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But oft, as twilight stole o'er the steep,

And the woods of his native vale, Would the minstrel wake his harp to weep,

And sigh to the mountain gale.



AIR. -"Ye banks and braes," &c.

O fare thee weel, fair Cartha's side,

For ever, ever fare thee weel ! Upon thy banks I've oft enjoy'd

What virtuous love alone can feel. With Anna as I fondly stray'd,

And mark'd the gowan's hamely mien, The vi'let blue, the primrose gay,

Enrich'd the joyful fairy scene.

The sun had set, the western clouds

Began to lose their radiance bright, The mavis' tuneful note was hush’d,

And all proclaim'd approaching night ;

Then was the time I fondly pour’d

In Anna's ear my ardent tale,
She blush'd, and oft I fondly thought

That love like mine would soon prevail.

She spoke, she look'd as if she lov'd,

Yet, ah ! how false was Anna's heart! Tho' heavenly fair her angel form

How fraught with guile, how full of art! Now far from Anna, far from home,

By Lugar's stream I sadly mourn ; I think on scenes I still must love,

On scenes that never can return.

O fare ye weel, fair Cartha's banks,

And Anna-0!-a long fareweel! Nor ever may that pang be thine, Which my

sad heart so soft doth feel; But happy, happy may'st thou be,

By fairy scenes on Cartha's side, And may a better far than me,

Thro’ life be thy true love and guide.



Let high Benledi rear its tap,
Crown'd wi' a diadem o' snaw;
Or, at its feet, let hazels drap
Their diamonds in the leafy shaw ;
Let storms owre wild Benlomond blaw,
And chill the lambs on glen and brae,
The storm blaws sweetly, far awa',
Amang the braes of Oransay.

When tempests lash the foaming waves,
And a’ around is wild and drear,
And the wee petterel trembling braves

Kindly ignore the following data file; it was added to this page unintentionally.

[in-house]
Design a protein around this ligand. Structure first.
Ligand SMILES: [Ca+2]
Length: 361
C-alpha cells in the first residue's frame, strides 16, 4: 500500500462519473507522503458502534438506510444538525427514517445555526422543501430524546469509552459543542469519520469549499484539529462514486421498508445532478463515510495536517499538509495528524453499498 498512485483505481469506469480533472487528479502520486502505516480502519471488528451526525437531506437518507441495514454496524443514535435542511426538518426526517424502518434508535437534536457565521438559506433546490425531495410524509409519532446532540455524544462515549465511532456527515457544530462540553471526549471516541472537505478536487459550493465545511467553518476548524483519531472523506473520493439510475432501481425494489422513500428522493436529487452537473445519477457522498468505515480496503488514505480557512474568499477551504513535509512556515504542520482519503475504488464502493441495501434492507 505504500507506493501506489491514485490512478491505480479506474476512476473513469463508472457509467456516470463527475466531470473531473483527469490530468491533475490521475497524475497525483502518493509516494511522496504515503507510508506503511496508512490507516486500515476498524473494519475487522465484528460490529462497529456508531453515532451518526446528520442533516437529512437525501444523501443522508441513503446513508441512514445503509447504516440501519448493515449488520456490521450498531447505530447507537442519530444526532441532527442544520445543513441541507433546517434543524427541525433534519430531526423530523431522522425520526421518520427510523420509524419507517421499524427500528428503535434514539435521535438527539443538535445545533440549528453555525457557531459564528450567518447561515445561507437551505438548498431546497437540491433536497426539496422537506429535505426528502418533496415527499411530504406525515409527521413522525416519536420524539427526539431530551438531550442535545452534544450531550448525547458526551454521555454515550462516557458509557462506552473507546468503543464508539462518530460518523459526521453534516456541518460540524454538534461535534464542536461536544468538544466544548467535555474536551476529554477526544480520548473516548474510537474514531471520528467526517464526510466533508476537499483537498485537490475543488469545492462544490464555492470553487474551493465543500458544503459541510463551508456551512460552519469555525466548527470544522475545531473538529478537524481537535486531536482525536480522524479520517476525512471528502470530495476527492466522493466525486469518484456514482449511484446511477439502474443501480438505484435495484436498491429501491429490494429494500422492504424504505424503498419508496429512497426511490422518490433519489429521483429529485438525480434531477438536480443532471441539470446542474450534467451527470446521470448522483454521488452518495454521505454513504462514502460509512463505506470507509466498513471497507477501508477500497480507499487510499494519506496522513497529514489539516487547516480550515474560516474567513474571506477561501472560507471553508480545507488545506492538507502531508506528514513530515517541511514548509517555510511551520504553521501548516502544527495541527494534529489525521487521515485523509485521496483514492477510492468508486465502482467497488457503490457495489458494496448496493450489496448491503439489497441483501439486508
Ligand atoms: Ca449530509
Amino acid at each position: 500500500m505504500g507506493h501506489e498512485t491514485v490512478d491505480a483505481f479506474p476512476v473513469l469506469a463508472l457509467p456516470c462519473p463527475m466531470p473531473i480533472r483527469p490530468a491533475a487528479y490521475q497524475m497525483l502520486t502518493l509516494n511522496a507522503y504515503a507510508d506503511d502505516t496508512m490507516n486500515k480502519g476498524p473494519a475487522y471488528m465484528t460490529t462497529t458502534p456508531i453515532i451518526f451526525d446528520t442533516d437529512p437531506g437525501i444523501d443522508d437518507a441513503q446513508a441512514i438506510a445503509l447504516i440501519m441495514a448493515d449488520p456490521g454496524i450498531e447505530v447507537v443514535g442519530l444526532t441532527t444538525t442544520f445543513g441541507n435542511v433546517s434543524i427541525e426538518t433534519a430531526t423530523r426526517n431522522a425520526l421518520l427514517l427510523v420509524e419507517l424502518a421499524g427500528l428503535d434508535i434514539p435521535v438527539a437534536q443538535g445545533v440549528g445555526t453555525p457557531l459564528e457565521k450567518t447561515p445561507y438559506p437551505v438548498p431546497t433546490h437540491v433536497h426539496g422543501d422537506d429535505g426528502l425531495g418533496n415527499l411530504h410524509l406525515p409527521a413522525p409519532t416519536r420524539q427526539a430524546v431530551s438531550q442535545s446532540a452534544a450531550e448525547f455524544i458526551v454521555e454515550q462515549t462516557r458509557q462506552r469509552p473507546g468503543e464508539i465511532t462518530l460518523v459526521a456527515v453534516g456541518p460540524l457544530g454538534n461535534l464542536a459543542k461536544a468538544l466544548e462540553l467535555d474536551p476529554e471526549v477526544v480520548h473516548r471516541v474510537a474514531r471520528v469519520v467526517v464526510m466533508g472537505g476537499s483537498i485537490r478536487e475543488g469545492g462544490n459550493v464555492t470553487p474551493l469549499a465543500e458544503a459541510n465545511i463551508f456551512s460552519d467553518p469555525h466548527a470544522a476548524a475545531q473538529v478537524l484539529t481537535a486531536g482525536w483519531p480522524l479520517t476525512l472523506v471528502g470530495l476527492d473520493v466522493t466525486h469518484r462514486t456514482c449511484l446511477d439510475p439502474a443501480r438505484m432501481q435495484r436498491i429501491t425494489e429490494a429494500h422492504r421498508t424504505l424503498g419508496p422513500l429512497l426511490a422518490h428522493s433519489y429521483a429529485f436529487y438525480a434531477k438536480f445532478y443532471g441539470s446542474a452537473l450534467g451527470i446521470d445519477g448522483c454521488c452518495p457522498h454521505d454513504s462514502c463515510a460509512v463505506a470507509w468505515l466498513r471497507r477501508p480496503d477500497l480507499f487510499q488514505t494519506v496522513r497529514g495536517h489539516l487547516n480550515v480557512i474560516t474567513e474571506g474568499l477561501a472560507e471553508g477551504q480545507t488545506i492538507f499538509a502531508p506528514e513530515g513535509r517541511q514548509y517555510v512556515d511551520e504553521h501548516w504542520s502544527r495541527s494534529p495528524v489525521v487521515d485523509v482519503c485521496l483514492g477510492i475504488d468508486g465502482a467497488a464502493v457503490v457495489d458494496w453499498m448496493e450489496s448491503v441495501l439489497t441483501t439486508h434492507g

The howling blast, while death is near ;
A stranger will I be to fear,
Tho' Corryvekans* round me play,
I'll drap the last, the loneliest tear
For the sweet Maid of Oransay.

O Oransay's a lovely isle,
It is a paradise to me,
For there the wildest beauties smile,
To warm the soul or glad the e'e ;

* A famous whirlpool not far from Oransay.

Pure is the rapture yet to be,
When Peggy gilds my darkening day,
And mony a bonny sun I'll see,
Glint owre the bents of Oransay.

The dark Atlantic wave may roar
Around my Isle in noisy pride-
The mountain surge may sweep the shore,
And send its thunders far and wide-
But when I'm nestled by the side
Of her whom a' my thoughts obey,
I'll smile at storms, and clasp my bride,
The lovely Maid of Oransay.



O Tibby, I hae seen the day,
Ye would na been sae shy;
For laik o'gear ye lightly me,
But, trowth, I care na by.

Yestreen I met ye on the moor,
Ye spak na, but gaed by like stoure ;
Ye geck at me because I'm poor,
But fient a hair care I!

O Tibby, I hae, &c.

I doubt na, lass, but ye may think, Because ye hae the name o'clink, That ye can please me at a wink, Whene'er


like to try. O Tibby, I hae, &c.

But sorrow tak him that's sae mean,
Altho' his pouch o'coin were clean,
Wha follows ony saucy quean
That looks sae proud and high.

O Tibby, I hae, &c.

Altho' a lad were e'er sae smart,
If that he want the yellow dirt,
Ye'll cast your head anither airt,
And answer him fu' dry.

0 Tibby, I hae, &c.

But if he hae the name o' gear,
Ye'll fasten to him like a brier,
Tho' hardly he for sense or lear
Be better than the kye.

O Tibby, I hae, dc.

But, Tibby, lass, tak my advice:
Your daddy's gear maks you sae nice,
The de'il a ane wad speir your price,
Were ye as poor as I.

0 Tibby, I hae, &c.

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